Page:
So you are considering carpal tunnel surgery. Although every individual's experience may vary slightly, this guide will give you a general understanding of what lies ahead.
During carpal tunnel surgery, also called carpal tunnel decompression surgery, the surgeon cuts the transverse carpal ligament to relieve pressure on the median nerve. This is a relatively quick procedure which is usually performed as day surgery. You will be sent home with a bulky bandage on your wrist. No splint is required following the surgery. Your fingers may continue to feel numb for 24 hours or so after the surgery, until the anaesthetic wears off.
A certain amount of swelling is to be expected after the surgery, so don’t worry if your fingers appear puffy. You can help to reduce swelling by keeping your hand elevated higher than your heart, especially when sitting and walking about. It is common to also have some bruising in the palm or wrist.
What is the scar like following carpal tunnel surgery?
If your surgery is performed through an open procedure you will have a small incision around 2cm long near the base of your palm. You will likely have about 4 stitches which your hand therapist will remove, usually between 10 and 14 days after the operation.
If your procedure is performed endoscopically, you will usually have two very tiny incisions, supported by steristrips. Endoscopic carpal tunnel releases do not require removal of stitches as the stitches will dissolve.
How sore will I be following carpal tunnel surgery?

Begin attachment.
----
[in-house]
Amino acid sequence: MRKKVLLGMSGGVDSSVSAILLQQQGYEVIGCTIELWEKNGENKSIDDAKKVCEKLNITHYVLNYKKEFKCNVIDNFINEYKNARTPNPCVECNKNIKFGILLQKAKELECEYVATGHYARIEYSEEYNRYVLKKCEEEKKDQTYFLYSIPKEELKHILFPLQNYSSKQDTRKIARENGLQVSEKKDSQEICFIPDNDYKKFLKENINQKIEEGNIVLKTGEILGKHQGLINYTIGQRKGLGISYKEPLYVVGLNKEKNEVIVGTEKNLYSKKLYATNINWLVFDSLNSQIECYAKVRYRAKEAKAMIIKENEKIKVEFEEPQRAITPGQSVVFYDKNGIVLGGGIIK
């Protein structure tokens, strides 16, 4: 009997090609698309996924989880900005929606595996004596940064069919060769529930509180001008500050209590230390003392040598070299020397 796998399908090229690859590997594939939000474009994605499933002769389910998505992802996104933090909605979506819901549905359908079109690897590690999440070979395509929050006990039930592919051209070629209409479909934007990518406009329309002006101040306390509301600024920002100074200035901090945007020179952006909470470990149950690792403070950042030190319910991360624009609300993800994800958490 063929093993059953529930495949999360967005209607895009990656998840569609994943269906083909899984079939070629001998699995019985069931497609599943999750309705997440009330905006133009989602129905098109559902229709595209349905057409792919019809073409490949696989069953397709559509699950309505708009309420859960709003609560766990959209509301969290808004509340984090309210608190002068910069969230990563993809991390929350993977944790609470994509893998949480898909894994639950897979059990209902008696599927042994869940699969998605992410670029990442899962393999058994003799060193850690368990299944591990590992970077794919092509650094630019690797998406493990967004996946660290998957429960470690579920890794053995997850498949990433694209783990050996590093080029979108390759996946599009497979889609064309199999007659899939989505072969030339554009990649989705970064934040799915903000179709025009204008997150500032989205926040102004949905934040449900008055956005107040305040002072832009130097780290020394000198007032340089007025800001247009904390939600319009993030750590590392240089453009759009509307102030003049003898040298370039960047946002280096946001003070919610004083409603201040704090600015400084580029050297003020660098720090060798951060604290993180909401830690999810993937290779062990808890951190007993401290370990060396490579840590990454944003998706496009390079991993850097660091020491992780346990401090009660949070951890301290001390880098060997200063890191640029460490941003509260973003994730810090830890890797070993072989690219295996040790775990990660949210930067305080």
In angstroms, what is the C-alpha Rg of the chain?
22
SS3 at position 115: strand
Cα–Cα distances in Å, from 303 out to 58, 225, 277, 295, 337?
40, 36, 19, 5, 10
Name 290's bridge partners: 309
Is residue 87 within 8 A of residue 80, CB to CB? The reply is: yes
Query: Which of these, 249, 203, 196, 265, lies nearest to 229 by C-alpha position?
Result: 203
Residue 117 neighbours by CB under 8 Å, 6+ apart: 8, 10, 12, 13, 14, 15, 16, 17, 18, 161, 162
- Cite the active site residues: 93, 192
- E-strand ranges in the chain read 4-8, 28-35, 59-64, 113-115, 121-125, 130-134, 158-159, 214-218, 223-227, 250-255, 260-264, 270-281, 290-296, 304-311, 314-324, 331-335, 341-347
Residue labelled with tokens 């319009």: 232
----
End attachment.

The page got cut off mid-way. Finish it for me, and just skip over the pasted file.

You are likely to experience some discomfort or pain around the surgical site. This can be managed with medication prescribed by your surgeon. You can expect the carpal tunnel area to be tender for at least 4 weeks after the surgery while the transverse carpal ligament is healing. Your hand therapist will show you ways to reduce the tenderness of the scar.
Do I need therapy following carpal tunnel surgery?
Seeing a hand therapist will help you to recover as quickly as possible and help to prevent any problems developing such as joint stiffness or scar sensitivity. You will usually begin hand therapy 1-3 days after surgery. Your hand therapist will remove the bulky dressing and replace it with a lighter dressing. You will need to keep the wound/s dry for the first 2 weeks.
Your hand therapist will monitor your wounds, change the dressings as necessary and remove the stitches where required. Your hand therapist will also apply compression to your hand to help reduce the swelling.
Your hand therapist will give you exercises to ensure that you recover full movement of your fingers, thumb and wrist as soon as possible, as well as exercises to regain strength in your hand.
How soon can I use my hand after carpal tunnel surgery?
Following carpal tunnel surgery, you can use your hand for light activities straight away within the limits of your pain. Doing too much with your hand may make it sore, but will not cause long lasting damage. It is recommended to avoid very strong gripping and heavy lifting for approximately 4 weeks after surgery.
How long will it take for the pins and needles/numbness to go away after carpal tunnel surgery?
For some people, their carpal tunnel symptoms are gone almost immediately after the surgery, but for others the pins and needles or numbness can persist for a while after the surgery.
How long it takes for the pins and needles to go away depends on how severely compressed the nerve was and how long it was compressed. In general, the longer the nerve was compressed and the more severe your symptoms, the longer it will take for the nerve to fully recover after the pressure has been removed.
How soon can I drive after carpal tunnel surgery?
You should not drive for at least 24 hours after surgery. It is generally recommended that you limit driving for the first week following carpal tunnel surgery, as your wrist will be sore, however you may drive once your hand feels comfortable.